You would not prescribe a cancer patient to use a band-aid as appropriate treatment.
Likewise, it'd be stupid to prescribe a logo to fix a broken brand.
You have to be willing to undergo massive overhaul to make massive change. Dive deep into the fundamental flaws of your startup. Things like being aimless, having no defined culture, no spirit, a lack of confidence or purpose. Once those are fixed, everything else becomes easier.
Don't think a band-aid will cure cancer.
The most common answer a startup will give to "what is a brand," is something along the lines of "logo," or a "visual representation of your company." While the visuals are a key part in making a brand, they do not describe its entirety. Marty Neumeier, author of the Brand Gap describes it this way:
The brand is a gut feeling. It's an emotion felt by someone after interacting with an entity, usually a business.
What is a brand? A gut-feeling, don't let anyone else tell you otherwise.
Selfish ambitions don't really get you anywhere. They cause you to think narrowly about what's good for you and gives you a good pay out (one person), as opposed to thinking about what could give a good payout to others (multiple people). Not only that, but it makes for lame brands, since it's hard to make other feel something if you have not rooted your company in empathy.
There are blatant examples of this when startup founders go into a venture with the purpose of making a bunch of money so they don't have to work anymore. No one is going to hand their money to you so that YOU don't have to work anymore. It seems silly to reiterate that, but sometimes we all need a reminder. It's rare to find a company with a purpose like this that does anything innovative or builds something others find irreplaceable. However, it's not always as easy to spot such self-centered ambition.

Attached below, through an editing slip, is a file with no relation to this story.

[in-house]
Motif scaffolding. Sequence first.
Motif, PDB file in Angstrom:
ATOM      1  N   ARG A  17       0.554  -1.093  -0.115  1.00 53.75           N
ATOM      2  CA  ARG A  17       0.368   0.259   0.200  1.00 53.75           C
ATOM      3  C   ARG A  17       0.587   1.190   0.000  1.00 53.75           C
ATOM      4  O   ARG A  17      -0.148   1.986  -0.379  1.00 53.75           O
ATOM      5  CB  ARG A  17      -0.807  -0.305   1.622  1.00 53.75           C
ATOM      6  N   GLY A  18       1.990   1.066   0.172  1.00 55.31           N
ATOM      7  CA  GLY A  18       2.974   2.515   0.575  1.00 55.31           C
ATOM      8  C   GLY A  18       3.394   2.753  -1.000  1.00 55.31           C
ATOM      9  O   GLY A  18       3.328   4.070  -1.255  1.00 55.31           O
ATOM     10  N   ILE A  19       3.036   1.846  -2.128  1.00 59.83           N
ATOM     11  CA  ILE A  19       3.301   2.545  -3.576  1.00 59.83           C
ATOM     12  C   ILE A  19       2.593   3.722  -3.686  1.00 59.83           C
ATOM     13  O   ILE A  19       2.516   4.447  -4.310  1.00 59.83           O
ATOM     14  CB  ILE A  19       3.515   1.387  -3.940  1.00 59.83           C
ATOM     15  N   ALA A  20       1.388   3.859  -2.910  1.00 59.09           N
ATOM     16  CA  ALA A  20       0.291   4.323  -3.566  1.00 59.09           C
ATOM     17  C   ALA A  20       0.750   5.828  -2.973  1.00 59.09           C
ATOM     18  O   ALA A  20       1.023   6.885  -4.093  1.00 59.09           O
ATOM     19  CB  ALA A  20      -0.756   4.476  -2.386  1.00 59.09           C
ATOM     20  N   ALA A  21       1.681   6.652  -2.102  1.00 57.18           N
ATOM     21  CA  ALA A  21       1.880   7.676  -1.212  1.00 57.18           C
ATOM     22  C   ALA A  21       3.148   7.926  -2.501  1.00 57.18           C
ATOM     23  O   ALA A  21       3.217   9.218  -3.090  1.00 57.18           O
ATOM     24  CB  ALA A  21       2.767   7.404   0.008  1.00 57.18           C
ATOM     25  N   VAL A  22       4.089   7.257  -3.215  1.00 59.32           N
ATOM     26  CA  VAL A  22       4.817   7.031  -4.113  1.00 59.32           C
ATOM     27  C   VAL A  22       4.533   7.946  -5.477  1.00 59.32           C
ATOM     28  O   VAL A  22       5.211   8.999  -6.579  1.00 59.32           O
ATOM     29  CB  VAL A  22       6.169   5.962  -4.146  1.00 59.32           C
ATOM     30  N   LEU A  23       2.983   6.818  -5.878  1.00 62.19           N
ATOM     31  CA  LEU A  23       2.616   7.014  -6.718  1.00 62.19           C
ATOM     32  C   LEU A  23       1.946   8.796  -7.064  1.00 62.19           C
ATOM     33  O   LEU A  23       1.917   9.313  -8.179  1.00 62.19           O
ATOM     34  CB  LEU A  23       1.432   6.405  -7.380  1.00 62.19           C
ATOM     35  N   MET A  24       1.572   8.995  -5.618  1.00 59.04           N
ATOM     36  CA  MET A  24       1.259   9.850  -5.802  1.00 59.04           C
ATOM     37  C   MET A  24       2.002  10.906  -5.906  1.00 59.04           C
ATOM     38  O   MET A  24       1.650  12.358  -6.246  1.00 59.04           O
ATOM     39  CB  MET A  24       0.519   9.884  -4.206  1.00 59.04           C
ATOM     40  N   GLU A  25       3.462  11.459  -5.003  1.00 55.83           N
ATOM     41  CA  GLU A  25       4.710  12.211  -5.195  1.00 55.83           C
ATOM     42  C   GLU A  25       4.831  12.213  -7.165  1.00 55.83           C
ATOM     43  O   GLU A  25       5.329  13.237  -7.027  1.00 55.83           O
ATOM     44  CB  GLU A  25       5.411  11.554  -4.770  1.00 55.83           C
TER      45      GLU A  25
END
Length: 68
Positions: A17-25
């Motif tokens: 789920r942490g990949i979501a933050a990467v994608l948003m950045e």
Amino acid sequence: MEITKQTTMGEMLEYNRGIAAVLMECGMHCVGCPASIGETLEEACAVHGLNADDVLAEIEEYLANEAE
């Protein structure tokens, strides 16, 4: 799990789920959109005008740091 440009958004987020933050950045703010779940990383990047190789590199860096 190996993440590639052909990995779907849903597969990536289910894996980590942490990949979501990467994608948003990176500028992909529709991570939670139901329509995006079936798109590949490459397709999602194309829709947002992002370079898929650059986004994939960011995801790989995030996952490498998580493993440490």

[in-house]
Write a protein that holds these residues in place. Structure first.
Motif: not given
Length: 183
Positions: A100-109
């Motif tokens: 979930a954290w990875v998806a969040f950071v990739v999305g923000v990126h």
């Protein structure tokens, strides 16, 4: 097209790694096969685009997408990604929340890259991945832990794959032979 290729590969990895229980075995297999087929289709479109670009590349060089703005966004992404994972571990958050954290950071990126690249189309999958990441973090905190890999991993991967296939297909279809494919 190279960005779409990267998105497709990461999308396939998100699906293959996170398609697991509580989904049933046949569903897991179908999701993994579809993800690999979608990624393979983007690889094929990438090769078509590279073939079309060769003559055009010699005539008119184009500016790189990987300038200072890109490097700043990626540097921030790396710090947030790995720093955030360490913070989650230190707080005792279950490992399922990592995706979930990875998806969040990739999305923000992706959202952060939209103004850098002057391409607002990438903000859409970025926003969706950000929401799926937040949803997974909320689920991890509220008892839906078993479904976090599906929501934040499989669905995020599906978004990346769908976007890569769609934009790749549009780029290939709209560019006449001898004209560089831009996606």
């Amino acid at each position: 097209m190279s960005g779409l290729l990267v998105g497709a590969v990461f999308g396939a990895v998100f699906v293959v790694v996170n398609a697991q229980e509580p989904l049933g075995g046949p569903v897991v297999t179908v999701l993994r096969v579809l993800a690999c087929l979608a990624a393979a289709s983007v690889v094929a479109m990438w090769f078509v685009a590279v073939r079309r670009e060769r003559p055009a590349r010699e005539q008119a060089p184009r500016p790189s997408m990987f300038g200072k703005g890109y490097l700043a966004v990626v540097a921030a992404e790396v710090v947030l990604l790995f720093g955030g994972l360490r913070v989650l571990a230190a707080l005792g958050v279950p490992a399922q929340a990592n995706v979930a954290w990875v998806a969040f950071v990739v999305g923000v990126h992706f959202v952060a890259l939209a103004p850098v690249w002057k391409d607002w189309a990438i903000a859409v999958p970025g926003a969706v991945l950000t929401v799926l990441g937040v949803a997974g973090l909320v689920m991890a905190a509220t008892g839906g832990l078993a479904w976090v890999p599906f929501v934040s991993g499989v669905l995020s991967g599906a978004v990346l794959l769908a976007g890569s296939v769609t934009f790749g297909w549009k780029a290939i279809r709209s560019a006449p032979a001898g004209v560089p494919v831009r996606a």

Where selfish ambition gets tricky is when it's veiled in altruism. Here are some example: "I see all these big companies that are selfish with their money and do a bad job handling it, I think I could do a better job."
At first glance, it doesn't seem like that big a deal. There are indeed hundreds of big companies that get caught in scams and aren't very generous with their money. But take a look at the example again but with this question in mind: who is the beneficiary?
There's only two subjects in it, large companies and the founder of this startup, so it must be one of them. Sparing you the trouble, if either of these subjects are the beneficiary, then this purpose sucks. Despite the acknowledged problem of large companies' ill-spending, the solution of trusting one person (albeit, a stranger) to do a better job with it is not much better. It's certainly not something that you could rally a team behind, convince investors to buy-in to, and certainly not customers.
Why? Because it's all about the founder. No one is going to buy into that.
It's not all lost though, with a small tweak this could be improved. Let's try this: "I see all these big companies that are selfish with their money and do a bad job handling it, so I'm going to create a company where every employee gets to dedicate a portion of our profit to a charity of their choice."
Now who's the beneficiary? The employees and the charities they choose to support. Shoot, even the founder becomes a beneficiary because they now have recognition for giving others an opportunity to do good. Despite a purpose dedicated to the service of others, the company still grows because other people have bought in and get something in return.
Point being, if you want to grow your startup, make your purpose about other people, not you.